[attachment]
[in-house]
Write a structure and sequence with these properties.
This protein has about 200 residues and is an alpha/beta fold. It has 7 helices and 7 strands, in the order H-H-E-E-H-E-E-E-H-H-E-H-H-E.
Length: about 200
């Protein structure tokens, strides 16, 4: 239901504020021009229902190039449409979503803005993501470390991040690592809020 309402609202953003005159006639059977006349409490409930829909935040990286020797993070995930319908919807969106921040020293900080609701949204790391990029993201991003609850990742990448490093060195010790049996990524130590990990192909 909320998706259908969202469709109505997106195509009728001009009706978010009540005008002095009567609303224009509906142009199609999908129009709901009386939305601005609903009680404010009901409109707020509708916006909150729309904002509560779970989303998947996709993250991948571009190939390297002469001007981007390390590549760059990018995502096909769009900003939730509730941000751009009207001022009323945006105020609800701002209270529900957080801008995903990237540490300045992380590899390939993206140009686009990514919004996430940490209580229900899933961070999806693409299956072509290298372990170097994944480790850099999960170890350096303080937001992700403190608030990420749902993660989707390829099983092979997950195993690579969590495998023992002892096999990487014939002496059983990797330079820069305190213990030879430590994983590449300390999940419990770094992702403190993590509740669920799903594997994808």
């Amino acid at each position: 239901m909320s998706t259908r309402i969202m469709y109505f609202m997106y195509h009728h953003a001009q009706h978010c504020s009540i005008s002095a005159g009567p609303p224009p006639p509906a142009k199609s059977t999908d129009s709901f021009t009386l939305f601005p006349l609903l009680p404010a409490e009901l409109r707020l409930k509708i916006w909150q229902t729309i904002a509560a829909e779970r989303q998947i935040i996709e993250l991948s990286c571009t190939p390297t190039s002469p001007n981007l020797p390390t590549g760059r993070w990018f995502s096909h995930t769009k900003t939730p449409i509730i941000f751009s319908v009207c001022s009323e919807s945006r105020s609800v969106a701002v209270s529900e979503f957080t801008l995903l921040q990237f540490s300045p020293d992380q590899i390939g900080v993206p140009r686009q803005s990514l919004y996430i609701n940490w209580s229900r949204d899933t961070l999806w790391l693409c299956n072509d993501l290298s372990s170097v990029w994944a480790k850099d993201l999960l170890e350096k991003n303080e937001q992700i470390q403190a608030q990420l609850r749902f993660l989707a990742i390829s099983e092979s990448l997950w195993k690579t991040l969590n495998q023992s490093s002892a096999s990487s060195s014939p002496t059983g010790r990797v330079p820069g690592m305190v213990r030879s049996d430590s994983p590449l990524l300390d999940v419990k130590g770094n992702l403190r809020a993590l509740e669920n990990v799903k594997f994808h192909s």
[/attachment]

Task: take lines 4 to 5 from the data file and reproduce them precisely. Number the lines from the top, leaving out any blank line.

Length: about 200
């Protein structure tokens, strides 16, 4: 239901504020021009229902190039449409979503803005993501470390991040690592809020 309402609202953003005159006639059977006349409490409930829909935040990286020797993070995930319908919807969106921040020293900080609701949204790391990029993201991003609850990742990448490093060195010790049996990524130590990990192909 909320998706259908969202469709109505997106195509009728001009009706978010009540005008002095009567609303224009509906142009199609999908129009709901009386939305601005609903009680404010009901409109707020509708916006909150729309904002509560779970989303998947996709993250991948571009190939390297002469001007981007390390590549760059990018995502096909769009900003939730509730941000751009009207001022009323945006105020609800701002209270529900957080801008995903990237540490300045992380590899390939993206140009686009990514919004996430940490209580229900899933961070999806693409299956072509290298372990170097994944480790850099999960170890350096303080937001992700403190608030990420749902993660989707390829099983092979997950195993690579969590495998023992002892096999990487014939002496059983990797330079820069305190213990030879430590994983590449300390999940419990770094992702403190993590509740669920799903594997994808």